The ‘Peshmerga’ Are Those Who Face Death
The daily lives of Kurdish fighters on Iraq’s northern front
Although Khaniqan is secure, the nearby town of Jalawla has seen fierce fighting between the Kurds and the militant Islamic State of Iraq and Syria.
For the Kurds, this is not just some skirmish. They’re fighting for land that has historically belonged to them. And having defended it, they intend to keep it.
Gen. Hussein Mansor is in charge of the pesh base in Khanaqin. Sitting in his office, he frequently puffs on his hookah as he speaks.
Hussein expressed his disappointment at the Americans for giving so many weapons to the Iraqi army. When the Iraqi army retreated, it left much of its U.S.-supplied gear behind … and ISIS scooped it up.
Everything from heavy machine guns to up-armored Humvees. Now the peshmerga face Islamic insurgents armed with some of the latest American weapons. Better weapons than the pesh have, according to Hussein.
“The situation is a shame on the U.S.,” the general said.
Hussein said the Iraqi army is asking for the peshmerga’s help, but offers the Kurds nothing in exchange. There is little coordination between the two forces in their mutual fight against the militants. The general said that for now, the Kurds stand alone in Khanaqin.
“The peshmerga have power because this is Kurdistan, we defend our country and we defend Khanaqin against ISIS,” he said.
Peshmerga translates as “those who face death.” Owing to the pesh’s militia roots, there’s a certain informality in the way they do business. The Kurdish fighters address each other by their first names. Even the general.
Soldiers don’t seem to be afraid to voice their concerns—or even have a heated discussion with their superiors.
General Hussein said ISIS fights in a way that indicates it has outside backing. The general added that there are even European fighters and former Ba’ath-era Iraqi officers among the militants.
Hussein said Iraqi troops gave up Jalawla without a fight. To be fair, some Iraqi army soldiers have made their own accusations about the Kurds, claiming they have their own agenda and are trying to exploit the current crisis.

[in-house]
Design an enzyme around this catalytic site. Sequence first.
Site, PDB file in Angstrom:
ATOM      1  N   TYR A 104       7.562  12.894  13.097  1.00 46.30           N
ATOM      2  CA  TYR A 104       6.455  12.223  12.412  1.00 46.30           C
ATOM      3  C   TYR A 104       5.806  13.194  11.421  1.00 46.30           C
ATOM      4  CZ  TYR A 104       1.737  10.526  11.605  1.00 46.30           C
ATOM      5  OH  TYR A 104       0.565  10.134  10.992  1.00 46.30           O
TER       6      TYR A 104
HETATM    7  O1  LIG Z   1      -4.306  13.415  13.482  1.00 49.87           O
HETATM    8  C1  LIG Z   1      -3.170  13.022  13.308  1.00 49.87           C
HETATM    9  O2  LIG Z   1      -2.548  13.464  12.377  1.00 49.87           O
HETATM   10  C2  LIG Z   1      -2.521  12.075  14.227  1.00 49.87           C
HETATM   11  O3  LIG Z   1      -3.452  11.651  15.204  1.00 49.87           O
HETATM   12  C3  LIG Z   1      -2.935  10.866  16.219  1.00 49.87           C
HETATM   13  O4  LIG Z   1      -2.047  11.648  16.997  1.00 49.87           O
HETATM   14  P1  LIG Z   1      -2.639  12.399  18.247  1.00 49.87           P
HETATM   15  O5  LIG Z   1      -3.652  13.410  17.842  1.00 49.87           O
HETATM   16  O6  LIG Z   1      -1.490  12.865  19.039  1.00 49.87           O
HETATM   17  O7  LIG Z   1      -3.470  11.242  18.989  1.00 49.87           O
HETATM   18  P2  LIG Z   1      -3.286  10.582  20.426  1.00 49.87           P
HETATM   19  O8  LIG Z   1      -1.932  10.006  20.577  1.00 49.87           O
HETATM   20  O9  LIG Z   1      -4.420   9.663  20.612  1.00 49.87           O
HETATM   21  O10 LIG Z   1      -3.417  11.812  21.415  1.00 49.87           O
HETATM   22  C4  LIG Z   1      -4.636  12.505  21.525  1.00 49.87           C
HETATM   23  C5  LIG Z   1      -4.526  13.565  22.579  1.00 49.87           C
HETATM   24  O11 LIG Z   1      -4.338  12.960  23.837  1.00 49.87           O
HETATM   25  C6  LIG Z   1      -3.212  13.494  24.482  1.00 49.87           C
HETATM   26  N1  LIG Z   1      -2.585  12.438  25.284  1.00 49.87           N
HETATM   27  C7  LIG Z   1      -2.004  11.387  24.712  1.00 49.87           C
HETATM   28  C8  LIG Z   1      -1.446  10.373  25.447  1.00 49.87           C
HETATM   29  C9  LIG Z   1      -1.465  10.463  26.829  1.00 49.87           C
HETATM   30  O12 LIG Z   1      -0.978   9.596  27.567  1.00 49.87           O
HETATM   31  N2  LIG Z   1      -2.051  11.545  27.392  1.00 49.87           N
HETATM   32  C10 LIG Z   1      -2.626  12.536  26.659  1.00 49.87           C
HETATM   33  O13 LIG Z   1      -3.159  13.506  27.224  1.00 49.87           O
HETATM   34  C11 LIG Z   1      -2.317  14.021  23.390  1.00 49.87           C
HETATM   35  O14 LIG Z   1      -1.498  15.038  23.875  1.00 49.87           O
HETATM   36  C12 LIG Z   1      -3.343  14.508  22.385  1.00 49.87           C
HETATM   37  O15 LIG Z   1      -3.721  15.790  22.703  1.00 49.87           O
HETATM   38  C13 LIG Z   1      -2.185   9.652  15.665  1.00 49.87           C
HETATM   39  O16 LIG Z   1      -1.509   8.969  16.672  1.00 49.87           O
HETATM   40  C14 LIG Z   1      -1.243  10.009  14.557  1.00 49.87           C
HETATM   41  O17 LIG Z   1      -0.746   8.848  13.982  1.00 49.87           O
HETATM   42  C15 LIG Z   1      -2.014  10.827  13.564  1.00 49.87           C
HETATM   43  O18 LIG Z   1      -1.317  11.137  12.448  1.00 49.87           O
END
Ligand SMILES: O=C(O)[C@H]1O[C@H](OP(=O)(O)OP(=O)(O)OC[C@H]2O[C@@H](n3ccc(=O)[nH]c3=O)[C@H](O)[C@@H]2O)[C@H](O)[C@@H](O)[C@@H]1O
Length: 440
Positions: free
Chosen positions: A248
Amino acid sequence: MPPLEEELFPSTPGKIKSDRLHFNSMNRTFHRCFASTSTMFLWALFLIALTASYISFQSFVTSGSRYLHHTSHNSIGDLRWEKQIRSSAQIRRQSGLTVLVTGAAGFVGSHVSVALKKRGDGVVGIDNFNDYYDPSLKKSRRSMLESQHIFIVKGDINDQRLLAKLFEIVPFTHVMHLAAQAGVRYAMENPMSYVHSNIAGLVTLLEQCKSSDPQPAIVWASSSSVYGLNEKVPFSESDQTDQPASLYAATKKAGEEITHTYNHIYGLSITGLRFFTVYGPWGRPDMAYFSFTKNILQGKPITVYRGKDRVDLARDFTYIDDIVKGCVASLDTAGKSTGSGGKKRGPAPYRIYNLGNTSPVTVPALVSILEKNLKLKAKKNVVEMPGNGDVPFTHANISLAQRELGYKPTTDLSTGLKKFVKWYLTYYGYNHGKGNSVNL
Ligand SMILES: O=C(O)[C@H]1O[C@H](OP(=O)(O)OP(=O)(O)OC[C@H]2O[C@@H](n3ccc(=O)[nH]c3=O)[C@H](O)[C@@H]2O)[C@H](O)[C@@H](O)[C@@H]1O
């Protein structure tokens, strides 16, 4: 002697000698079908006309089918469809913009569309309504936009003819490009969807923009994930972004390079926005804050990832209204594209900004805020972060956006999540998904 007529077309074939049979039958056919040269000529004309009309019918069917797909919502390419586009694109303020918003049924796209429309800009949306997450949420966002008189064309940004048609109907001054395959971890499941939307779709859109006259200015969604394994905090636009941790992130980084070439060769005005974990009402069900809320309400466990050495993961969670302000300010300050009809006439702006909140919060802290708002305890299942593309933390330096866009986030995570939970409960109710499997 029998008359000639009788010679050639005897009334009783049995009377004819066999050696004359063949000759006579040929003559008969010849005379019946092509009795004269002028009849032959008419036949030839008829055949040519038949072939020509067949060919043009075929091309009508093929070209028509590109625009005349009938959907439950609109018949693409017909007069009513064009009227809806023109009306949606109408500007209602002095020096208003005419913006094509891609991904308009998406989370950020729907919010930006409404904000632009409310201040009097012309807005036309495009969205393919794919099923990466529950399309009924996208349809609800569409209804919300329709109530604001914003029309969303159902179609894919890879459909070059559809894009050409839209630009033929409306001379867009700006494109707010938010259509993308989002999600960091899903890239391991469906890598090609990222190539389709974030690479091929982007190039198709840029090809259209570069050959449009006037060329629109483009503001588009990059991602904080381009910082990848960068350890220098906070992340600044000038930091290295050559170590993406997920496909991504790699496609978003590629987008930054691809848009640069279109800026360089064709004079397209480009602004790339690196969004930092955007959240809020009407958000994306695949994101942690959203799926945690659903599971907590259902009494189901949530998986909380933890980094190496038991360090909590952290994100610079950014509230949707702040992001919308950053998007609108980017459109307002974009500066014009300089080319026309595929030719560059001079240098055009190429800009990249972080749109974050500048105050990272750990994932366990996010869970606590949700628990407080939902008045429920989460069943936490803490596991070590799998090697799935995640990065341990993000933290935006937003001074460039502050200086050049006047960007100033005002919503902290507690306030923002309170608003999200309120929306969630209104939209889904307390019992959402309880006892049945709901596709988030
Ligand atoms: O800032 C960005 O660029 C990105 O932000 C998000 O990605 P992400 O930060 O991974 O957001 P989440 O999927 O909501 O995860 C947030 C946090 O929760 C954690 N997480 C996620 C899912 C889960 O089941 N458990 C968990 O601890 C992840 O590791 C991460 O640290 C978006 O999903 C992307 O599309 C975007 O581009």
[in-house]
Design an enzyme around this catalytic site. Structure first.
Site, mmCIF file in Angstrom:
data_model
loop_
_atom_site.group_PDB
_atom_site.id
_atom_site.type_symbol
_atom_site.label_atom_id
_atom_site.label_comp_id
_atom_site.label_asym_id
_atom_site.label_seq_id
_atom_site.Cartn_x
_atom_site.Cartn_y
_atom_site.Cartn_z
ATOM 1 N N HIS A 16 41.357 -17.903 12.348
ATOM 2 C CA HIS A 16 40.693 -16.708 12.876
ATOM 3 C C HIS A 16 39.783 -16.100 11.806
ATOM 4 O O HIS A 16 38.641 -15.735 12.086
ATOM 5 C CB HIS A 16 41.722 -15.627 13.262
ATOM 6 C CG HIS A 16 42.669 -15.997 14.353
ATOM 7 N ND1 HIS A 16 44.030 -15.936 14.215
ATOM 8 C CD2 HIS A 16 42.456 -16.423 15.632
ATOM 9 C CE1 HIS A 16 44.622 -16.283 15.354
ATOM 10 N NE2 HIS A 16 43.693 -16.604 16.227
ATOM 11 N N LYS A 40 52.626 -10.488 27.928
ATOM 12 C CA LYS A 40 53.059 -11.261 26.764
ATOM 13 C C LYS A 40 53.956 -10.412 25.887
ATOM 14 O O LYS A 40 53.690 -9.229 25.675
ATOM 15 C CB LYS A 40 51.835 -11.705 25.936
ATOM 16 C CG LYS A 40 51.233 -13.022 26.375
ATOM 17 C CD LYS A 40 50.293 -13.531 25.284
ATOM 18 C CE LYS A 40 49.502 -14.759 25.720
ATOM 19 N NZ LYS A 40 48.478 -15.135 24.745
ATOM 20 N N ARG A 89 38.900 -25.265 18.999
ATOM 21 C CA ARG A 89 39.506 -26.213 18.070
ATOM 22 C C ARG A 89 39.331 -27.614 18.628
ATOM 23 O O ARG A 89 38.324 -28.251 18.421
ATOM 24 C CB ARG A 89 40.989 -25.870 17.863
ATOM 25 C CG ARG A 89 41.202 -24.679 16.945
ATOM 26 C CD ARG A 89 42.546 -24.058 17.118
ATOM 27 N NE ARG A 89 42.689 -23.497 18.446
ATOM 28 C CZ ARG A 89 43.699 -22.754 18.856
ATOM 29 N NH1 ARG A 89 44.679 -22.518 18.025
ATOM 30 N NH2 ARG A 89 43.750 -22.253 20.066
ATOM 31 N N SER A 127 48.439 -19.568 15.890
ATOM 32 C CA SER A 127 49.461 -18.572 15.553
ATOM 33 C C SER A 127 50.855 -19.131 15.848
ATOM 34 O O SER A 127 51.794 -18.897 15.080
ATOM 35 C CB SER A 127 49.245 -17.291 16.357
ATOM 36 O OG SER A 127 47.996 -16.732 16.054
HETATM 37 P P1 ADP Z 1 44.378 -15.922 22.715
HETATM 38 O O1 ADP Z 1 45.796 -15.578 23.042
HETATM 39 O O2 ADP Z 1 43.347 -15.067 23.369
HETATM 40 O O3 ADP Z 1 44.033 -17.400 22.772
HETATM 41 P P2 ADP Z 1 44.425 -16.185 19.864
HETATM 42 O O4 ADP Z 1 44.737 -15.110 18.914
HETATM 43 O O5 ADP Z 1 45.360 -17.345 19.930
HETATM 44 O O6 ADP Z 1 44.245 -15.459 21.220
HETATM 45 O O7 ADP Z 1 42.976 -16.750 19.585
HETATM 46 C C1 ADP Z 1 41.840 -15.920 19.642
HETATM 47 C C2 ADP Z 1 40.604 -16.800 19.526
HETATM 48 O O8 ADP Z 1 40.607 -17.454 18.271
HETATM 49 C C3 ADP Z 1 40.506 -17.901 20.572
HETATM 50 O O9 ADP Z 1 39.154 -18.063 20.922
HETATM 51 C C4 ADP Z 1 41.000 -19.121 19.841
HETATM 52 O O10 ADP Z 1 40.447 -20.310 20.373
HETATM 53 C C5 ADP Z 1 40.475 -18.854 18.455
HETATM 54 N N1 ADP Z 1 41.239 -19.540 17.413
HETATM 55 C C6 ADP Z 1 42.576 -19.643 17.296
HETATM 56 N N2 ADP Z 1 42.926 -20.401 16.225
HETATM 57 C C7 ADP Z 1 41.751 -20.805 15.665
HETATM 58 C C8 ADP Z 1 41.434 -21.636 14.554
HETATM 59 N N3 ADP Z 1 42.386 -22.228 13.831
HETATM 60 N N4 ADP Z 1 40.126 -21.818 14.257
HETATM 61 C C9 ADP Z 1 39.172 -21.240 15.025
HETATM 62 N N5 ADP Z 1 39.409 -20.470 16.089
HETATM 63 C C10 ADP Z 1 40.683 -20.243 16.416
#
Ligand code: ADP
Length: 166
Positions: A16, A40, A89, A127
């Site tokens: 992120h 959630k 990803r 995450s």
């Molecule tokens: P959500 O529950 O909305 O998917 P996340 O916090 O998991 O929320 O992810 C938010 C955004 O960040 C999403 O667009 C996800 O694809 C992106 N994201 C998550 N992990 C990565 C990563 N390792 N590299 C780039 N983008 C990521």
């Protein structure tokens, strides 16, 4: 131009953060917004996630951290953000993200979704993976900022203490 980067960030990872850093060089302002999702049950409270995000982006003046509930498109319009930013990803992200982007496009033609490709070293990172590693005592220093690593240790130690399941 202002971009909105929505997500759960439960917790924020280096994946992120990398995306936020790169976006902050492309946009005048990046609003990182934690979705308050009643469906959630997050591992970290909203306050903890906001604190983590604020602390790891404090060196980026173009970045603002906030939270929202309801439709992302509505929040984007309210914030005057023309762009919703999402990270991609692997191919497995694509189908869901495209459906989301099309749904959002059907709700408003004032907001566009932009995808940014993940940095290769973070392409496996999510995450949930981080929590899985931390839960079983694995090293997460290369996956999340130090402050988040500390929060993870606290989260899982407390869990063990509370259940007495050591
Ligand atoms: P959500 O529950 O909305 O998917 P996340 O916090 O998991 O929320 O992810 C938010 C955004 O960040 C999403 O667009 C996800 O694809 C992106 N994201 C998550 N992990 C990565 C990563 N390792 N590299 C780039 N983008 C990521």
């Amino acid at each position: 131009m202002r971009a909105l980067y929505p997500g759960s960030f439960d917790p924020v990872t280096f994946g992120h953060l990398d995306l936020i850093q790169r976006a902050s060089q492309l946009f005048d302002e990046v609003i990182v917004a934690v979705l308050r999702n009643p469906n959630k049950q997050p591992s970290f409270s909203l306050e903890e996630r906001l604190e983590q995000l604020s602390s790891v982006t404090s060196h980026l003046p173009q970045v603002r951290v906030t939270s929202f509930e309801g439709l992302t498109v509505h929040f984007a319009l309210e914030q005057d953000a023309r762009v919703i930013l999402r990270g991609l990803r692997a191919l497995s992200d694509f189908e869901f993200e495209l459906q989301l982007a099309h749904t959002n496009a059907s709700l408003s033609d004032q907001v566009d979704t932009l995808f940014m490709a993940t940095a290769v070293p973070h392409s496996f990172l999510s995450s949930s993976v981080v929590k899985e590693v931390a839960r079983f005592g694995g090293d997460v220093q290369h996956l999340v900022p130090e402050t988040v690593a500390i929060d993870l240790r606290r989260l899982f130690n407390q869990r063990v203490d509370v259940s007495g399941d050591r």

Colonel Nahro, one of Hussein’s staff officers, has been in Khanaqin for 18 days. He said that Jalawla is originally a Kurdish town. Kurdistan’s historic border is just beyond the town in the direction of Hamsil Mountain, he explained.
ISIS may not be fighting alone. The Sunni Arab Karwy tribe moved into the Khanaqin area 50 years ago as part of Baghdad’s effort to “Arabize” the area. Karwy tribal fighters allegedly are helping ISIS in Jalawla.
Militant attacks have become more intense during the month of Ramadan—starting on June 28—owing to the promise of religious reward for becoming a martyr during the holy period.
It’s worth noting that Iraqi army soldiers get paid more than the pesh do. Still, Nahro reported that morale is high among the peshmerga, because they have faith in their cause. “They have a purpose,” he said.
Nahro said he’s frustrated that they haven’t received meaningful aid from the West or anyone else. While the Iraqi army enjoys the attention of American advisers—plus, reportedly, Iranian air support—the pesh have had to make due with what they have.
The colonel pointed out that even the Russians have provided aid to Baghdad’s forces … in the form of Su-25 jets.
Maj. Borham Mohamad, Khanaqin’s quartermaster, has been fighting with the peshmerga since the Kurds’ rebellion against Baghdad in 1991. He briefs troops before they head out to the front. He’s also responsible for organizing supply runs into Jalawla and Sahdir.
He’s not shy about discussing politics. He spoke openly about the Gulf States and their support for ISIS—and about the role of Turkey and Iran in the conflict.
Major Borham said that the peshmerga feel that the world is ignoring them as it focuses on Baghdad’s military woes. But as the Kurds play an increasing role in the fighting—and as Kurdish independence become a real possibility—he said the media has finally begun to take notice.
At the base, soldiers kill time playing cards and texting their friends and family. The peshmerga fighters rotate between the base and the front lines at regular intervals. Some of them get short periods of leave.
Lieutenant Yadgar stops by Major Borham’s office before going home on leave. He said he’s not especially excited about seeing his family. The exhausted young officer said all he wants is a shower—and to see his girlfriend.
As weary and wounded peshmerga return from the front, rested soldiers rush to take their places. They cram into whatever trucks are available with as much men, weapons and equipment as can fit. In less than an hour, they’ll be at the front.